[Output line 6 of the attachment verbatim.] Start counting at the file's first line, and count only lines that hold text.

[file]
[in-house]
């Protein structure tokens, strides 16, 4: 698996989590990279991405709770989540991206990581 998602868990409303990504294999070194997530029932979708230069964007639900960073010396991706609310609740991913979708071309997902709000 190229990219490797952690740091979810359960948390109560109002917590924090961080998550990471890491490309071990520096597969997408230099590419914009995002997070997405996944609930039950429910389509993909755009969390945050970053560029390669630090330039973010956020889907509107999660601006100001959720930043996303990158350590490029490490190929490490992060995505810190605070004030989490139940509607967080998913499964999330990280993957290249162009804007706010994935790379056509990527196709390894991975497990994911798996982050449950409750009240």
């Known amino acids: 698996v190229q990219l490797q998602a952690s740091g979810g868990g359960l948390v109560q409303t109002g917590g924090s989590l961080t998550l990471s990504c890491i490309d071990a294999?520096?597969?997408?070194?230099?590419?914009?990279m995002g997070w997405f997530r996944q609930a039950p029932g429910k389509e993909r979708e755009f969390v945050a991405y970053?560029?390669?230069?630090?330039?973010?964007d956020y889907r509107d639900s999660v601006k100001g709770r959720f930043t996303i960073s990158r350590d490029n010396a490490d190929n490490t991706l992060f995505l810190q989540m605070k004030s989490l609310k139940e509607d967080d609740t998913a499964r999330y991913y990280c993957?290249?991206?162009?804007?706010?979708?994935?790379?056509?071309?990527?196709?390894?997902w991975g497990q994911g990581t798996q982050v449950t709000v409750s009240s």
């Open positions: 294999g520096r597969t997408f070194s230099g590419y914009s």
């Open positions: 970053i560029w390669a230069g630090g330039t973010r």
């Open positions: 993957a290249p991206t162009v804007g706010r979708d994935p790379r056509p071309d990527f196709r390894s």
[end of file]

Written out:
């Open positions: 993957a290249p991206t162009v804007g706010r979708d994935p790379r056509p071309d990527f196709r390894s």